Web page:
sys·ad·min·ol·o·gy [sis-ad-mih-nol-uh-jee]

noun

  1. The scientific study of system administration and related phenomena.

Monday, 31 March 2014

Specifying UUIDs with mkfs

After loosing a RAID50 drive on a SAN, I found myself having to recreate partitions on a group of download mirrors. They run Debian 7 (Wheezy) and so make use of UUIDs in /etc/fstab. (I know they're not the only distribution that do!)

Given I had 6 hosts to do this on, I didnt want to have to run blkid, and then update the UUID in /etc/fstab for each. Even doing some sed foo to replace it seemed a bit over the top. Fortunately, mkfs.extX allows you to specify the UUID of the partition you are formatting.



mke2fs .... [ -U UUID ] ....

So given an fstab entry like this:

UUID=d71ae821-febb-4bbe-b208-5539bd824436 /var/www ext3 noatime 0 3

This is what I ended up with:

MYUUID=$(grep UUID /etc/fstab | grep www | awk -F" " '{print $1}' | sed 's/UUID=//'); mkfs.ext3 -U ${MYUUID} /dev/xvdb1

For a quick run down of what the  commands do:

  1. first we look for the string UUID in /etc/fstab. 
  2. Then we grep that output for www which ensured I only got the UUID of the partition in question. Obviously if "www" occurred in more than one entry, this would not be sufficient.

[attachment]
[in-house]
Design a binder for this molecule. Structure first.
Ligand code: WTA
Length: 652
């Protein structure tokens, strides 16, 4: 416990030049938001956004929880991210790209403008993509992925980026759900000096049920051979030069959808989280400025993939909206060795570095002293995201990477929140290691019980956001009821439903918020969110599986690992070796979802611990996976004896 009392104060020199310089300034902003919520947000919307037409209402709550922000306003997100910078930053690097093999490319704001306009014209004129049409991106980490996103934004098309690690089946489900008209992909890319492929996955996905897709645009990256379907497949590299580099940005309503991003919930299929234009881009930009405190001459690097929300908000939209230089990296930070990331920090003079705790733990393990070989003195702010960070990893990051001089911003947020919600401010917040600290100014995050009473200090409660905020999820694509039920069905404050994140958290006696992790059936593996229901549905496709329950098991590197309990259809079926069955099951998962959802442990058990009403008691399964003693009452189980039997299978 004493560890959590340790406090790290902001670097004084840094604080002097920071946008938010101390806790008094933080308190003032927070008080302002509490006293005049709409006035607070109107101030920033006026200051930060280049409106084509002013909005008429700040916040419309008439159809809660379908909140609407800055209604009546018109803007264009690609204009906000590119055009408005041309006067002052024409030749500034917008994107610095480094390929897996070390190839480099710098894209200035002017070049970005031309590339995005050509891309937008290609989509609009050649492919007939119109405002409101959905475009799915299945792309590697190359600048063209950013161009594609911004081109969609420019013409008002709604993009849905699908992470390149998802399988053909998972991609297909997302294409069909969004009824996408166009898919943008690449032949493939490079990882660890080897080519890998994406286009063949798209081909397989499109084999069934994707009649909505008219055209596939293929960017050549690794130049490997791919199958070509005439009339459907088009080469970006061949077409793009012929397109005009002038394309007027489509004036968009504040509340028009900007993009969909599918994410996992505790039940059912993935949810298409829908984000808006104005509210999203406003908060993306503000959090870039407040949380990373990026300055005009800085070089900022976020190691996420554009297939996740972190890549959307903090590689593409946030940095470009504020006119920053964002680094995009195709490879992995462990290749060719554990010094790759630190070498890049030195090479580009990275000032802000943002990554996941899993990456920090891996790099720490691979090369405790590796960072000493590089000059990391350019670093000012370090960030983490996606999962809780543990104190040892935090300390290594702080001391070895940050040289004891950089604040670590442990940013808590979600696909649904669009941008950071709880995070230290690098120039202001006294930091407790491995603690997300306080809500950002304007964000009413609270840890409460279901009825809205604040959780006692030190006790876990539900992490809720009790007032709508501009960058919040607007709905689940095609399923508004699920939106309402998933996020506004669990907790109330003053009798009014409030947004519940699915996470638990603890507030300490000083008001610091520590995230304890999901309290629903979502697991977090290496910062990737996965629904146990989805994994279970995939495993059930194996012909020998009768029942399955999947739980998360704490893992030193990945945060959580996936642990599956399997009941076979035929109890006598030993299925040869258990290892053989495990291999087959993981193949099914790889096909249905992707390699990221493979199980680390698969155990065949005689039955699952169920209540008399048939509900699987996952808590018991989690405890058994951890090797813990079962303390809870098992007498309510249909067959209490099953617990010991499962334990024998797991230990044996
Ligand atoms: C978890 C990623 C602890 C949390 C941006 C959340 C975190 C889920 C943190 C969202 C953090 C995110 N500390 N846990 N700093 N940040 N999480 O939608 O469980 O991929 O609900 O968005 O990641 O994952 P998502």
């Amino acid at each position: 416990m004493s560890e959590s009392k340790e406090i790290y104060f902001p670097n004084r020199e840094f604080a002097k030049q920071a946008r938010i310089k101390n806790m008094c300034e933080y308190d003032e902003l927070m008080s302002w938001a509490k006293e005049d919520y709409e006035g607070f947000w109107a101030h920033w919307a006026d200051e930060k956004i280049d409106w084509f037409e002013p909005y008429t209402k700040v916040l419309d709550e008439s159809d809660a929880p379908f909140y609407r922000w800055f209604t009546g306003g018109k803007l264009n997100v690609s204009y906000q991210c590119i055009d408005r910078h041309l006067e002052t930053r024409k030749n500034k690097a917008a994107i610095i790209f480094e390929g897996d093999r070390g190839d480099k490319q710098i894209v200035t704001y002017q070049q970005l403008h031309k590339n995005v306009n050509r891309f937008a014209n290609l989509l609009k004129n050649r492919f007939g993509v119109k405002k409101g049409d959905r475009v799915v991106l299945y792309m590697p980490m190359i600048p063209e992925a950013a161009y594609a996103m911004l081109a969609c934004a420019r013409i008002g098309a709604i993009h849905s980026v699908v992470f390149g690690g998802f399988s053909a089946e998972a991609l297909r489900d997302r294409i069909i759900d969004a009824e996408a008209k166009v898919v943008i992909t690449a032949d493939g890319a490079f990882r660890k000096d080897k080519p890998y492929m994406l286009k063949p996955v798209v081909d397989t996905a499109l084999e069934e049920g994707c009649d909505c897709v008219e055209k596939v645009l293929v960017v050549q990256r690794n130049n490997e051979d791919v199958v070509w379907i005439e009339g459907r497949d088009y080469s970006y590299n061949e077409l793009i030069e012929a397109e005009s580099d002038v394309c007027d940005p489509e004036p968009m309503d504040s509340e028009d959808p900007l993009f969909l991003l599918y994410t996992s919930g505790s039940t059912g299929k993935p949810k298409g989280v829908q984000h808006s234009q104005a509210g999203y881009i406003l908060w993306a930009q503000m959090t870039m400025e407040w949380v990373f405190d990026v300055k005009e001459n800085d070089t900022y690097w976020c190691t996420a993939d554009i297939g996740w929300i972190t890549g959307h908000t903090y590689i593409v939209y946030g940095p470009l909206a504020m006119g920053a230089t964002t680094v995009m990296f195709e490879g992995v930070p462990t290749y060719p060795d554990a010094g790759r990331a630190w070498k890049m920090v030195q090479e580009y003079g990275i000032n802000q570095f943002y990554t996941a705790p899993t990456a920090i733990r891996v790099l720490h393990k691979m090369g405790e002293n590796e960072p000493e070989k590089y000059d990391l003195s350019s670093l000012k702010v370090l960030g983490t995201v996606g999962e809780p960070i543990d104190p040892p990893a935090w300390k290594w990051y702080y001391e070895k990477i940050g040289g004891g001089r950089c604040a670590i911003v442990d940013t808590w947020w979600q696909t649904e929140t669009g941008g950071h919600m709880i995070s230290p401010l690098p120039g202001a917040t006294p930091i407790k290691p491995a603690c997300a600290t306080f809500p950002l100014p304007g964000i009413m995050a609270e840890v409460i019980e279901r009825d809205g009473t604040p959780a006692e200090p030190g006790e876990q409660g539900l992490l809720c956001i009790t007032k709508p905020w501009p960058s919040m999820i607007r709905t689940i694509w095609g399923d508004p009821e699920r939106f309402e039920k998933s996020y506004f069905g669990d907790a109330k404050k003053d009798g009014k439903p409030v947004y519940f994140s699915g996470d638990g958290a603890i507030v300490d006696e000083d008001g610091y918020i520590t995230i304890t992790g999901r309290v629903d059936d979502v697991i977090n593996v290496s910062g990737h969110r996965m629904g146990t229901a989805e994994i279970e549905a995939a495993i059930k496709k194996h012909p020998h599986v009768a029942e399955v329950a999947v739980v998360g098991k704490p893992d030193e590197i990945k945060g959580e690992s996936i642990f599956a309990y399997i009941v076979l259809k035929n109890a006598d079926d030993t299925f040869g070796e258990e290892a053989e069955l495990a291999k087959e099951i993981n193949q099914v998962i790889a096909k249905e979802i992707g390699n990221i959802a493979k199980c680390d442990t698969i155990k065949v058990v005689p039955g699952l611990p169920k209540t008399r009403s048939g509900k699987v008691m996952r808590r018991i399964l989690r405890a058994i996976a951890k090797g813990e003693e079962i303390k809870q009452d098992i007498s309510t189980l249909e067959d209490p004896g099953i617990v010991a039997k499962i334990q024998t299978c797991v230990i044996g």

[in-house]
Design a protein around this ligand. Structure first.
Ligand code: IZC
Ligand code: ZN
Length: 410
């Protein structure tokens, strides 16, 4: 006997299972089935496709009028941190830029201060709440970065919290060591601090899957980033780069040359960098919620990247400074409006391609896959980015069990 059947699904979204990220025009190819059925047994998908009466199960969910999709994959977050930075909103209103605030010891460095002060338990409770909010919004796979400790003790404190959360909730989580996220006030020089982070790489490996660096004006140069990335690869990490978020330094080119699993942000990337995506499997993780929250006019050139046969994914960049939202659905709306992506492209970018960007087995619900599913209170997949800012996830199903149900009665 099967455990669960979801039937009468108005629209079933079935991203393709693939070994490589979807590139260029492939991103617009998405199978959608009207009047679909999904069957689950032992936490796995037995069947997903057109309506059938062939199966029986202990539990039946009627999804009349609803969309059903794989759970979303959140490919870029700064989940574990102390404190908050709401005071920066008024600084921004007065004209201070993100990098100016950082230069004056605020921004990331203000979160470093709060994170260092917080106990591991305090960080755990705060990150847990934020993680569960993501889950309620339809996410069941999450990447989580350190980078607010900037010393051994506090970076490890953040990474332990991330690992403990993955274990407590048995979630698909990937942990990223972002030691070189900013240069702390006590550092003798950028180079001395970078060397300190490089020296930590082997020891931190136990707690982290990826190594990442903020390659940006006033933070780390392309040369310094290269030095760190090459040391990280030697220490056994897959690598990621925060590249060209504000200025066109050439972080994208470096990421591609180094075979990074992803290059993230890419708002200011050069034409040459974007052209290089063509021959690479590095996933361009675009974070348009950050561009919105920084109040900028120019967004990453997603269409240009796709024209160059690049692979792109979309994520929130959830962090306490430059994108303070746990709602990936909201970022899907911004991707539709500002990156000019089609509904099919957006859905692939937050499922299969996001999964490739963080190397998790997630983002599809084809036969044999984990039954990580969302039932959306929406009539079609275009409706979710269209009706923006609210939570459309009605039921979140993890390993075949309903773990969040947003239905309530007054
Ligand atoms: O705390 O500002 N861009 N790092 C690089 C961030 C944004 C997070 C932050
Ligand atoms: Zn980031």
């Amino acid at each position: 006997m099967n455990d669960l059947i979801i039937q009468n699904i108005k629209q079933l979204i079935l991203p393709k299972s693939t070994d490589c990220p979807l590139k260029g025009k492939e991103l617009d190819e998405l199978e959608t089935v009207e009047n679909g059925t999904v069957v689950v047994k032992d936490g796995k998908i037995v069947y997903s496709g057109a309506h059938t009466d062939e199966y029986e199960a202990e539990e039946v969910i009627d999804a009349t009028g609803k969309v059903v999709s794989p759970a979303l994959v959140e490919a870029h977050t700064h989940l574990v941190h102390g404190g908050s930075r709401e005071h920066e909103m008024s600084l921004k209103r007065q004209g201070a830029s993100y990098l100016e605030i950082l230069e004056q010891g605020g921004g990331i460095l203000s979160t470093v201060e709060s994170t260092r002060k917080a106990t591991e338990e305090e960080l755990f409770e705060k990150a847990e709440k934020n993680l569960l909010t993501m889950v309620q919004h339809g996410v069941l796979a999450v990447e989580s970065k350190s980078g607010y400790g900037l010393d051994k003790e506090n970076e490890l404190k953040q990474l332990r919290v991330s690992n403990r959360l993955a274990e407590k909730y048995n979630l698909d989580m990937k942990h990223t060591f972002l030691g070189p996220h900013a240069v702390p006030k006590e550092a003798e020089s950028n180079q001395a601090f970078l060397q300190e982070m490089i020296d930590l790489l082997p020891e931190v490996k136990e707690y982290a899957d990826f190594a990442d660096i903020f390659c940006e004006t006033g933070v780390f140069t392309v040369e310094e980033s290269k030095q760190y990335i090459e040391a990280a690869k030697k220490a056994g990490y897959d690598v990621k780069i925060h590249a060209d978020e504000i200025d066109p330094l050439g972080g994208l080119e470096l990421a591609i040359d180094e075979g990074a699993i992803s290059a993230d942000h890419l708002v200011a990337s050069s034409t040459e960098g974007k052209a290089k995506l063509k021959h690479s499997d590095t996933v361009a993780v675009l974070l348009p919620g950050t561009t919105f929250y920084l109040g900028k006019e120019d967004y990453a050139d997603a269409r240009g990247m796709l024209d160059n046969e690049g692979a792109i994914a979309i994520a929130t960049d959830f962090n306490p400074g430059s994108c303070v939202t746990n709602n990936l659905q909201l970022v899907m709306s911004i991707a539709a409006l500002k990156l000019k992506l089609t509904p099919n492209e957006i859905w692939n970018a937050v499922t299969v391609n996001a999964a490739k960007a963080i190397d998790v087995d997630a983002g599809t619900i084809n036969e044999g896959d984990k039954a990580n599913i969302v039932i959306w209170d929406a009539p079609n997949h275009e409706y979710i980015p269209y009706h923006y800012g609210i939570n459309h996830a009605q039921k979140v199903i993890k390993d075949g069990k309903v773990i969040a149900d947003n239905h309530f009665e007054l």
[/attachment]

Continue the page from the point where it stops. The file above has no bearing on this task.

3. I use AWK to seperate the UUID from the rest of the fstab entry
  4. Then finally (for this section of the command at least) I use sed to remove the "UUID=" leaving me with the UUID only. cut could have been used here as we know the length of UUID= in all cases.
  5. Then the mkfs.ext3 is issued, using -U to specify the UUID gleaned from the previous command.


I was then able to paste that command into each respective console. Finally, running

mount -a

on each host, restored the partition, ready to have content copied on to it.

Looking back, I could have automated fdisk too.... Ah well! Next time!

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